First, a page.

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    Posted April 18, 2012 by
    cynthiafalar
    Location
    Vero Beach, Florida

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    A Mother's Prayer for Autistic Son - Hope for Future

     
    Every night I push the hair off my son's brow. I plant a gentle kiss. Then I say a simple prayer. It goes like this:

    "Dear Lord; Bless this child. Give him the faculties to be independent, to live on his own, to know right from wrong and to recognize friend from foe. Help me to assist him to find a vocation, to support him when I am gone, and to provide him the skills to help him find friends and love."

    To most it seems like a fairly simple prayer. To me it is everything.

    The reality is that these are the "easy years." Our son is 9 and can remain in school until he is 22 years old. I guess this should be a comfort to me and my husband. However it is not. All I hear is the ticking of the clock. It's a race against time to help prepare him for when school ends.

    That ticking never stops and my mind is seldom quiet.

    I work out daily, swimming, running or biking. Some may call may call me a triathlete. The truth is I am a warrior — a mother who is on a constant path to find a solution.

    I do work out for the benefits of fitness. However, it is a means of quieting my mind. You see, my head is always stressed and focused on the future of our child. The mental loop is similar to my nightly prayer, but with additional angst: "What will happen when I am gone? Will he be able to hold a job? Will he have friends? Who will love him besides us? Will he be able to stay out of jail due to a lack of skills or understanding?

    It's the loop in my head that never ends.

    This is not a plea for pity. I made a choice early on in my difficult pregnancy and I would never reverse that decision.

    You see, our son was an answer to a prayer. Despite some hard and often gritty challenges, we have been blessed by this challenge. That is not to say the road has not been bumpy or that we have not suffered economic challenges trying to provide the best therapy and care. It is simply to say that we chose love. That means that no matter what you dig in, you set a course for a determined conclusion. What is the outcome? That is part of the journey.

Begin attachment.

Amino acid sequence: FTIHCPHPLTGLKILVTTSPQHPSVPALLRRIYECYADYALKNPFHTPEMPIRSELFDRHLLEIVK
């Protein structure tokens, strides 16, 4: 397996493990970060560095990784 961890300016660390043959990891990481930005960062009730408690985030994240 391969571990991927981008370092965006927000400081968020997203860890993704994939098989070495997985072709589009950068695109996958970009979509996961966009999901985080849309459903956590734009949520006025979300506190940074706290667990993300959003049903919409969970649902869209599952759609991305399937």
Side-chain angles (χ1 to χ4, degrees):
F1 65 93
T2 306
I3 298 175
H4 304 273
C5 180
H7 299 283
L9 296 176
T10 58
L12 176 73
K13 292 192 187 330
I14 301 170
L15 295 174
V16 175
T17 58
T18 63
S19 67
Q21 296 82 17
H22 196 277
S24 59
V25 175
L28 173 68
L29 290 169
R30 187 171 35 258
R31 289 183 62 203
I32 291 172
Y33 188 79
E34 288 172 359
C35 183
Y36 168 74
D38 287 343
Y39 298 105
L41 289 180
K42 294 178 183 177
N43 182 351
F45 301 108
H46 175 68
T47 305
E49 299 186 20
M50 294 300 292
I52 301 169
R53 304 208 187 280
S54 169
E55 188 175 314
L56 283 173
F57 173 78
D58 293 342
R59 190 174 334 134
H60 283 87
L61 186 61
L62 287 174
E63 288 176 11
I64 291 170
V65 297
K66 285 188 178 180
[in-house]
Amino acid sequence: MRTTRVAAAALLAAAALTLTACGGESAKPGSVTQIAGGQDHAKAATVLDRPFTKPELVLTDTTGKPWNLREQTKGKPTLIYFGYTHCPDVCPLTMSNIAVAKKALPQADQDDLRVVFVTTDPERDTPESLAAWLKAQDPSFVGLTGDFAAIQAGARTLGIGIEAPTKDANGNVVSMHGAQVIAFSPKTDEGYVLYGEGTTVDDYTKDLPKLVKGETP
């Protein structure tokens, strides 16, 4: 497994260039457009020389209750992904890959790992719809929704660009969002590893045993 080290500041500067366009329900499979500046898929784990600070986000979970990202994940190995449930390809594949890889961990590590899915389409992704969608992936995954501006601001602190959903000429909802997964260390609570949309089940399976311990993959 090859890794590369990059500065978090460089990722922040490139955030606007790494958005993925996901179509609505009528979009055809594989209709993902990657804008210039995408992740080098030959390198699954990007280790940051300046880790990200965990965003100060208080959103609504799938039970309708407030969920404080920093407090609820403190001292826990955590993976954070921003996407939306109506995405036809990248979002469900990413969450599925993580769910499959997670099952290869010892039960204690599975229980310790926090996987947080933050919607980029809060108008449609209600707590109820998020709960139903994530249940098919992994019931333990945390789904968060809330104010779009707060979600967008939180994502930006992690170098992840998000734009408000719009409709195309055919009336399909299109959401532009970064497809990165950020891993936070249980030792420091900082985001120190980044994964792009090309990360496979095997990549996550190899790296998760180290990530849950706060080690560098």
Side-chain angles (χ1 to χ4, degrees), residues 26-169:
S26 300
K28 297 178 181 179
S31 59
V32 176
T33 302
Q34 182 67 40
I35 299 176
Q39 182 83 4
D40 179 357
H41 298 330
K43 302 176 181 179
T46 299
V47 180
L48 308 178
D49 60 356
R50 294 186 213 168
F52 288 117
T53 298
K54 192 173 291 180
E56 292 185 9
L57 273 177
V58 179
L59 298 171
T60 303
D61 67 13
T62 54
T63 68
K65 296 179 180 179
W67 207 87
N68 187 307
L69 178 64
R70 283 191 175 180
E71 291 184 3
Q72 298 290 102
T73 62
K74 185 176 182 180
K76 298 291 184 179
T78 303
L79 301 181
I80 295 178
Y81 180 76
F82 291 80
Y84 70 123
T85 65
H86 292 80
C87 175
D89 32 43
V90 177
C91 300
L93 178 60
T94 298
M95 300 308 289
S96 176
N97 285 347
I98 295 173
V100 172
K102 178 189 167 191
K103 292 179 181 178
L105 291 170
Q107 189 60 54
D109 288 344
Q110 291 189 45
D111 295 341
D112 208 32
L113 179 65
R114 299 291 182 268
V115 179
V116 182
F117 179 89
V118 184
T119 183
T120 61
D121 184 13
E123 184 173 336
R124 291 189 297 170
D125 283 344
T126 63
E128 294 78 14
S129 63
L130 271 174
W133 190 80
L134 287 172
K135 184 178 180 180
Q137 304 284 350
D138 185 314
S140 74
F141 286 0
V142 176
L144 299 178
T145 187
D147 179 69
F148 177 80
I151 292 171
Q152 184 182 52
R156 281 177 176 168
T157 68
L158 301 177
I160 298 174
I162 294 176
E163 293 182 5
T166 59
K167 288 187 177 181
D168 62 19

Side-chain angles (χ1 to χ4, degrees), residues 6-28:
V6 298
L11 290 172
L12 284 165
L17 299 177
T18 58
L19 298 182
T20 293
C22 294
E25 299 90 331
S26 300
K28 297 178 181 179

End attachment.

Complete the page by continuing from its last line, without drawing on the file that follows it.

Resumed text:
April is Autism Awareness Month. There will be many local and national events to raise awareness and funding for family services and research.

    My prayer is that everyone will take a few moments or even a day to learn more about Autism Spectrum Disorders. Caring creates sharing and a community of acceptance.

    Here is my list of 10 things I want you to know about Autism Spectrum Disorders:

    1. There is no cure: Autism is not a disease. It is a disorder of neural development characterized by impaired social interaction and communication, and by restricted and repetitive behavior.

    2. There is no magic pill or miracle solution to resolving ASD.

    3. The road to recovery is long and bumpy.

    4. The most proven methods of overcoming ASD challenges are early intervention and behavior therapy.

    5. The reality is that a child's treatment takes a lot of work — buckle up butter cup!

    6. Insurance is a joke. ASD parents will spend every extra dollar to find a way out.

    7. Not everyone will accept or understand children with autism. The reality is that those who don't are people who feel uncomfortable about their own shortcomings.

    8. For every jerk there are 10 kind people to support and understand children and adults of autism.

    9. A child's school team is really on a parent's side. The key is building a bridge of communication between both parties.

    10. Autism means my child's mind is wired differently. They see and perceive things in a nonabstract manner. They are like a square peg that is being forced into a round hole (in our society).

    The most important part of my prayer is the end:

    "There is no guarantee or insurance policy. Lord give me hope."

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